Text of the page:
Connect with Tim Leffel
Read Full Transcripts Below
Book Your Travel to ANY Destination
Use the interactive map below to search, compare and book hotels & rentals at the best prices that are sourced from a variety of platforms including Booking.com, Hotels.com, Expedia, Vrbo and more. Search for ANY destination by clicking in the upper left corner of this map. You can also use the filter to fine tune your search, find restaurants, attractions and more!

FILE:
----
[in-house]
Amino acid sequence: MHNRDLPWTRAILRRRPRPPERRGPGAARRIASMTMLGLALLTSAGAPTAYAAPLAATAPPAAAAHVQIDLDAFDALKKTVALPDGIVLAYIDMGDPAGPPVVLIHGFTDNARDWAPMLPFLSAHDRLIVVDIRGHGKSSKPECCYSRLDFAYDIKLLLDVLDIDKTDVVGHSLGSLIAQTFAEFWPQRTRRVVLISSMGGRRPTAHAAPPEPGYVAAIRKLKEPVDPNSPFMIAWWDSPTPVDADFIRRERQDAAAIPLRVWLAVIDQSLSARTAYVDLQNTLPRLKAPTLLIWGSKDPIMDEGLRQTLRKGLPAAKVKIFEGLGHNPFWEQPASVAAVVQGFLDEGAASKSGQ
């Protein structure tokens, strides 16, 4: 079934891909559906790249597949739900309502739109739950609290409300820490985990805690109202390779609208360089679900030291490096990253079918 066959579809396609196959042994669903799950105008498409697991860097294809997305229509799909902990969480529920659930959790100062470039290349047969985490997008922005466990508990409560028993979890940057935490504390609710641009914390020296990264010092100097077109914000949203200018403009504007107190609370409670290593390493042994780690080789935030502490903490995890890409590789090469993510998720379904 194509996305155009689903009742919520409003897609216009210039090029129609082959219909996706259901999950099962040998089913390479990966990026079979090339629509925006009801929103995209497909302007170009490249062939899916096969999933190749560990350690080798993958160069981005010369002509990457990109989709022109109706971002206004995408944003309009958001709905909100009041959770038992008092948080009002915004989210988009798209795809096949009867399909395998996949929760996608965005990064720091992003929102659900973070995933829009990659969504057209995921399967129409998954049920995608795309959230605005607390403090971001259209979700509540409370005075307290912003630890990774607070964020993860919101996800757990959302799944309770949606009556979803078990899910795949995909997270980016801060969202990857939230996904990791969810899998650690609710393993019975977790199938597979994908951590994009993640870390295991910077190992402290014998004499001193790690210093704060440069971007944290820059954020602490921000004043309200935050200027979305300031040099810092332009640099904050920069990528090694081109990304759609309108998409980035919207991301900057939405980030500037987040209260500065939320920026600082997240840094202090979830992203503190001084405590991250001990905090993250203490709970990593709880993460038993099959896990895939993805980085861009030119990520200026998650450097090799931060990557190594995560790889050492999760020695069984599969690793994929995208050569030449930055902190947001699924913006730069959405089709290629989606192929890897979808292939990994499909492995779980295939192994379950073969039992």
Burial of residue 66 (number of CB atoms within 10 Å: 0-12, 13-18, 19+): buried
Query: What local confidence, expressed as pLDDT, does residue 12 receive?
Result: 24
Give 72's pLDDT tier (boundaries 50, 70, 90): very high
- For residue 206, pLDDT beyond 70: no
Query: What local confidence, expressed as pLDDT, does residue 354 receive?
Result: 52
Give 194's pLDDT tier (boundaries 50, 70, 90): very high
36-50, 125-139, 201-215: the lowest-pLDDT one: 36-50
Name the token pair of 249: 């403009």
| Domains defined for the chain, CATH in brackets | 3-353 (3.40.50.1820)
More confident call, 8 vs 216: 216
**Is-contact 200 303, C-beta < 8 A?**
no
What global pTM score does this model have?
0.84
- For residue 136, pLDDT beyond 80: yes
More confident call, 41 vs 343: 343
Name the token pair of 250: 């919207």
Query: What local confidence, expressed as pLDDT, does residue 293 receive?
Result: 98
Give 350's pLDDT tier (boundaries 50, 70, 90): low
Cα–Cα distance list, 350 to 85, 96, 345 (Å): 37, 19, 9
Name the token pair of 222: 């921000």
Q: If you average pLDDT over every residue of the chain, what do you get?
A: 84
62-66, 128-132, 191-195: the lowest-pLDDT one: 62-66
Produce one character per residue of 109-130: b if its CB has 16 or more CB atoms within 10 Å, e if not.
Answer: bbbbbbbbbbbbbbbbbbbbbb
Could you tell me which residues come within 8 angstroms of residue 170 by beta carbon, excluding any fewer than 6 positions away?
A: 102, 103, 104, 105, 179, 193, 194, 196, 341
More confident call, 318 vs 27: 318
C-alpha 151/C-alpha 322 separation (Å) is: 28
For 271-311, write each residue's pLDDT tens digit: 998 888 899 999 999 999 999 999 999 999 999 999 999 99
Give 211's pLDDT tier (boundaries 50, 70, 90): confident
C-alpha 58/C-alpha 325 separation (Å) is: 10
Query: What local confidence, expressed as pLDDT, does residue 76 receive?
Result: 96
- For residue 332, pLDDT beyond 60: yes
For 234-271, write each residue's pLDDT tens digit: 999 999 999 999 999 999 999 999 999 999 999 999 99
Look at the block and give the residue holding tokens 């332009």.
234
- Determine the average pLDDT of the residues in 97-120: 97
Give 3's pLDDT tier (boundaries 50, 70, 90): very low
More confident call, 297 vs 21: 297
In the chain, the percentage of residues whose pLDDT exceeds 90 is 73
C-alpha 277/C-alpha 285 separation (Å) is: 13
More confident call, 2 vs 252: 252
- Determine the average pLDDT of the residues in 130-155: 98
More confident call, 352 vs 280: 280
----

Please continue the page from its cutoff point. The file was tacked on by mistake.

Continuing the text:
Tonya (00:13) Welcome. You’re listening to World Footprints. I’m Tonya Fitzpatrick. Ian (00:18) And I’m Ian Fitzpatrick. And today we’re joined by our friend and fellow travel journalist Tim Leffel, who has some thoughts and tips about traveling even though we’re still in the midst of COVID. Tim (00:31) Much harder to just wing it like we used to be able to just hop on a plane with a passport and go because first of all, you got more paperwork to deal with now and forms you have to upload and maybe vaccination proof and test you still have to take before you can get into the country. So there’s all that. But also one thing that’s changed that might require more money also is you might have to have travel insurance to even get into the country. And so I think it was always a good idea to have because it usually includes flight cancellation insurance or if your luggage gets lost on top of all the medical. But now some countries are requiring it because of the medical aspect. Tonya (01:11) You just heard from award winning travel writer, editor and online magazine publisher Tim Leffel discussed some of the post pandemic requirements we should be aware of, especially if we’re looking to live the life of a digital Nomad. Ian (01:27) Tim travels frequently between his home in Mexico and the US, but he is currently preparing for an extended European trip. The insights and travel tips Tim offers are helpful to anyone preparing to travel abroad. We met with Tim at the Wyndham Palmas del Mar in the East Coast of Puerto Rico. We had been here for several days, and this was Tim’s first time visiting Puerto Rico. So we asked him about his initial impression of the island. Tim (01:56) I’ve been a lot more impressed with the food than I’ve been eating extremely well. And then also just live music everywhere. People are always dancing and singing and there’s always some kind of music going on. Tonya (02:11) You didn’t get out there. Tim (02:13) Not much of a dancer on occasion. It’s happened. It’s like a Bigfoot sighting. Tonya (02:19) It’s been a long time, I mean, several years since we had you on last time. Last time we talked about travel in a post pandemic world. And even though Covid is still with us, we’re traveling more. Tonya (02:33) Yeah, we’ve been together for a week and haven’t had mask on, so I guess we haven’t killed each other. Tonya (02:40) So what’s happening now? You’re heading off to Europe in just a couple of days. So we see Europe opening back up. And what are some of the other places that you’ve seen open up and the new trends that are happening. Tim (02:55) I’m trying to make up for lost time. I went to South America earlier this year and I’m going to go to Thailand at the end of this year. So I’m going to hit multiple continents after moving around in a very small space for almost two years. So that’s kind of gratifying. But yes, Southeast Asia is a big development because almost the whole area was closed and that’s been such a budget travel paradise, and it sort of killed the round the world travel idea for quite a while there. And same with Central and South America. A lot of people do that Overland and take six months or whatever. But yeah, of course, we’re still dealing with the threat, but it’s definitely gotten a lot lesser and people are feeling like they can get out and about again. So I think we’re seeing a lot of people making up for lost time and taking that money that they saved, hopefully, and using it for experiences instead of just more things to stuff in their garage. Tonya (03:51) You mentioned that things are getting easier. We’re able to travel a lot more easier as well. But there are things that we need to consider now that we didn’t have to before. Tim (04:04) Yeah. It’s much harder to just wing it like we used to be able to just hop on a plane with a passport and go because first of all, you got more paperwork to deal with now and forms you have to upload and maybe vaccination proof and tests you still have to take before you can get into the country. So there’s all that. But also one thing that’s changed that might require more money also is you might have to have travel insurance to even get into the country. And so I think it was always a good idea to have because it usually includes flight cancelation insurance or if your luggage gets lost on top of all the medical. But now some countries are requiring it because of the medical aspects. So if you don’t have some kind of expat policy or whatever, you’re going to need to pick up travel insurance and pay attention to the minimum coverage that you need from a medical standpoint. Ian (04:57) Tim, you’re on the advisory board along with Tonya of the North American Travel Journalists Association, which gives you a pulse on what’s happening in the industry from destination marketing management perspective as well as journalists. What have you been able to glean from our time here from both the DMOs and journalists in terms of how they might be pivoting going forward as we come out of the pandemic? Tim (05:24) Yeah, it’s been a weird couple of years, but last year it was kind of feast and famine for a lot of people from a destination side, the places that people could road trip to in the US, some of them had a record year last year during this pandemic, which is kind of hard to believe, but people were looking for places they could drive to where they could sort of stay in their bubble, places where they could be outside. So the destinations that offered that benefited. And then at the same time as travel writers, the ones who focus on domestic travel and road trips and outdoor activities did much better than those who were mostly writing about international travel that took you 12 hours on a plane to get to. But there’s been a lot of pivoting. Some people wrote more about food. I wrote more about liquor for a site that I have about Latin America. People were still drinking, so I wrote more about rum and tequila. Tonya (06:17) You got a lot of content here on this trip. Tim (06:20) Yeah, we had some plenty of rum cocktails together. Ian (06:24) Indeed, indeed. Tonya (06:26) So one of the other things I mentioned, that people are kind of revenge traveling, but we’re also seeing people want to move abroad for shorter period or longer periods of time. How are they doing that? You actually wrote a book about living abroad. Give us a couple of tips and things that people should think about if they’re thinking about going somewhere for an extended period. Tim (06:53) Yeah, that was my pandemic project. I put out a second edition of A Better Life for Half the Price because it was really easy to get hold of people and interview them because for a while there nobody was going anywhere. So everybody was home. So I did a lot of interviews with Expats and put that out at the end of 2021. Thing that’s changed during all this is a lot more people have remote jobs than there used to be, including a lot of corporate kind of jobs, white collar jobs that people used to have to go commute to an office for. Now, more of those are remote. And a lot of times they should be, because maybe you come in once a quarter and everybody meets, but you don’t need to be together all the time. And then, of course, there are lots of people like us that really could work from a laptop just because we’re writers or people are graphic artists or podcasters, whatever, you can do that from anywhere. So that’s changed. And the governments have kind of reacted to that, because I think a lot of them have realized that’s a very desirable demographic to bring in, because these people are earning money and they’re not using a lot of services, they’re not using taxing the medical system. Tim (07:58) They don’t have kids in school a good bit of the time. So a lot of countries, I think it’s up to 31 now, offer some kind of digital Nomad visa. Some of them are more desirable than others. Some of them are in expensive countries like Iceland, where it’s not going to help you too much to move there from the US or England. You’re going to actually be spending more than you did before. But a lot of them are in cheaper countries, too. So I’m happy to see that development because it means you can go somewhere for more than three months, because that’s usually the cut off for a tourist visa. And some places like Europe, you can’t even be in the Schengen Zone for more than three months, even if you change countries. So something like this, that Portugal and Spain have offered, for instance, will let you stay for six months or nine months or a year without having to worry about that. Tonya (08:44) And for anyone who doesn’t understand what the Schengen Zone is… Tonya (08:48) Well, I think there’s 26 countries that are basically grouped together in the EU. So if you go to one, it’s the same as going to any of them for the amount of time you can stay. And basically it’s three months within six. So you can stay for three months, but then you got to get out of there and go somewhere else for three months before you can come back. Tonya (09:08) One of the things I know you’re doing, you and your wife have done our home exchanges. And so would that be a viable option for people who need to leave somewhere for another three months and three months? Tim (09:23) Yeah, we’ve done that quite a bit. Nothing that long yet, but we just spend a month Mazatlan in Mexico, and that was really nice to just hang out the beach. And then they stayed at our place. Sometimes you can do non reciprocal ones or there’s a points system. It doesn’t always have to be you’re there and they’re in yours. So, yeah, it’s a good way to use your house while you’re not there as an asset. And then other people belong to a house sitter organization where you basically go pay. I mean, you don’t pay. You go stay in someone’s house for free to take care of their pets and water their plants and whatever. And so it’s a win win for both people. So, yeah, look into things like that. There’s always volunteer opportunities and all kinds of ways to lessen your accommodation costs. But also it’s just way easier to find a place to rent than it used to be for a month or two months or three months. I mean, before Airbnb came along, it was just vacation rentals or word of mouth. And now there’s Airbnb, but there’s also Facebook groups and all these places where you can just kind of get the word out. Tim (10:26) I’m looking for a place for two months, and then suddenly 20 people write you back. Ian (10:30) Yeah. Now you manage and publish in a number of different areas in the industry. You have a hotel website. Give our audience a sense of some of the areas that you cover with your writing and with your websites. Tim (10:49) Well, first of all, I span budget to luxury because I have a luxury site where I use a pen name. It’s not a very secret pen name. It’s just my first and middle name. But so my Google profile doesn’t look like a complete mess. But the blog I’ve had the longest is called the Cheapest Destinations blog. And I started in 2003, which was like the dinosaur age for this. I don’t think AdSense was even available. There was no YouTube, there was no Facebook even there’s no podcast. Yeah, it was kind of hard to get the word out, but we managed. I have another book called The World’s Cheapest Destination, so that’s where that all started. It was mostly just a blog to help journalists find me to quote me for the book. But then over the years, I started other things, just where I saw a hole in the market. So one site, it’s all narrative travel stories from book authors, and one is about hotels. And then I have one that’s just for travel writers. It’s kind of inside baseball, I guess, where I do interviews in print or online in print. So, yeah, it’s a little bit of different things. Tim (11:56) I used to have a site about travel gear that I sold and sort of pulled some money out. So that was nice. But after I had like 40 pairs of travel pants and hiking shoes, how many can you use. Tonya (12:11) On your blog, I know some of the relationships you have with suppliers, they give you stuff that you give away. Tim (12:20) Yeah, I do a monthly giveaway on Perceptive Travel, so go sign up for the email list and you’ll get the odds are quite good, too. This is not the Powerball lottery, so I’m lucky if I have 30 or 40 people enter and that’s just something everybody wants. Ian (12:38) So upcoming, you’ve got a trip planned to Europe and you’re planning to go there. Give us a sense of where you’re planning to go in the next several weeks and months. Tim (12:49) Well, this one’s going to be very focused and the two countries don’t have much to do with each other. But I’m speaking at a conference in Southern Spain and Marbella, and then I’m going to tour around this, Cordoba, Sevilla, some of those cities, Malaga, and then I’m flying to Sofia, Bulgaria, which is totally different because there’s a Nomad conference there. It’s called the Nomad Fest. And so I’m going to be there. And Bulgaria is such a I got to give them a plug because it’s a beautiful country, but it’s such a bargain. And I rented an apartment for a whole month for €260. I’m not going to stay in a whole month. I’ll take it for a month for that price. Ian (13:27) Wow. Tonya (13:29) It makes leaving this beautiful area a lot easier for you. Not for us. Look at this view and we had a pet walk across. Ian (13:40) A lizzard. Some birds. Tim (13:42) There was a beautiful Heron out there earlier. Tonya (13:47) Before we close, I have to ask you a couple of other travel related questions. These are kind of our standard rapid fires. All of the countries you’ve been is the one that really resonates with you, speaks to your I call it your soul country to speak to your soul. Tim (14:03) Yeah. This is always such a hard one to answer. And people ask it all the time. And I must like Mexico a lot because I have a house there and I spend a lot of my time there. That’s my base in a city called Guanajuato, in the center of the country, up in the Highlands. But I’ve been to Peru five times, and I would definitely go back in a heartbeat. So I guess I like that country a lot. But yeah, it’s so hard because sometimes you just come to a new place and you love it. And so it would suddenly vaults to the top of your list. Tonya (14:36) Right right. Tim (14:36) It’s always a hard thing to answer, and different places have different things to love. And if you’re a beach person, that’s different than if you’re a mountain person or a city person. So it’s always tough. But yeah, I was just in Argentina, and I think that was my fourth time there. And every time I go back, I go, wow, this would be a good place to live. Tonya (14:57) The Latin countries really kind of resonate. Tim (15:00) Yeah. And I do speak a fair bit of Spanish. It’s still not where it needs to be, but that helps, too, when you can actually communicate with people in their language. I can’t do that in Hungary or the Czech Republic. Tonya (15:12) You’ll get there. And so if you were to have a, say, a rum cocktail, because that’s the thing, too, with anyone past this present, who would that be and why? Tim (15:25) Wow. I think you asked me this before, and I still remember what I answered because I thought it would be fun to go back in history to talk to Leonardo Da Vinci if there was a translator, because I don’t speak Italian. But yeah, present day, I’m going to give a different answer for present day because I’m actually starting to work with this guy named Kevin Kelly, and he’s the co-founder of Wired magazine. And he’s got a bunch of books out and he wrote the kind of seminal paper called A Thousand True Fans. Like, basically you could make a living if you have a thousand true fans who really care about your work. And I’m starting a newsletter with them called Nomadicos. It’s about for people who want to live abroad and travel abroad long term. And it’s just four bullet points each week with great resources and just a quick read so you can go, oh, that sounds interesting. And go check it out. So he’s somebody that I’m happy. I’m really happy that I’m going to spend more time with. Tonya (16:23) Well, you have two fans here. Ian (16:25) Indeed. Tonya (16:26) And a hundred ninety-eight more to go. Tim (16:28) Vice versa. Tonya (16:31) Thank you so much. I’m so happy that we had this chance to spend time together in Puerto Rico. I know we’ll probably see you elsewhere in the world, but it’s always a pleasure. Tim (16:42) Well, nice spending time with you again. Ian (16:45) Thank you so much. Tim (16:46) In person. Ian (16:47) Yes, in person. Tonya (16:55) Stay tuned for the release of Tim’s upcoming newsletter, Nomadico. And of course, you can always sign up for his newsletter for an update, too. You know, it’s funny, dear. I don’t know if you noticed, but I certainly did. We were photobombed by an Iguana as we sat there recording this interview with Tim. Ian (17:16) Well, I saw an Iguana behind the camera. I didn’t see one in front of the camera, so that one I missed so I was totally unaware of that. Tonya (17:26) Yeah, well, he made an appearance as did many of the birds and I really loved the setting that we did this interview and it was very authentic and just listening to it reminds me it puts me back there on the island, but Tim gave us a lot to think about. I think with regards to future travels and even our discussions of living abroad or traveling abroad for extended periods, he’s very full of a lot of incredible travel information and resources and tips, so I appreciate this conversation. Ian (18:05) Indeed. Tonya (18:07) In closing, let’s consider the words of Oscar Wilde: “Live life with no excuses. Travel with no regret.” We’re Tonya and Ian Fitzpatrick and we’re so happy that you traveled with us today. We try our best to be at your service, so please support us with a five star rating and review on Apple Podcast or wherever you listen to podcasts. Ian (18:34) We’d love for you to join our community, so please subscribe to our biweekly newsletter from our website at Worldfootprints.com. Our newsletter is full of travel news, tips and resources, including our favorite links. Tonya (18:49) Thank you so much for your support and for giving us the space to share the world through the stories we offer on World Footprints. Female Announcer (18:59) This World Footprints podcast with Ian and Tonya Fitzpatrick is a production of World Footprints, LLC, Silver Spring, Maryland. The multi award-winning podcast is available on Worldfootprints.com and on audio platforms worldwide including iHeartRadio, Public Radio Exchange, iTunes and Stitcher. Connect with the world one story at a time with World Footprints. Visit Worldfootprints.com to enjoy more podcasts and explore hundreds of articles from international travel writers and be sure to subscribe to the newsletter. World Footprints is a trademark of World Footprints LLC, which retains all rights to the World Footprints portfolio, including Worldfootprints.com and this podcast.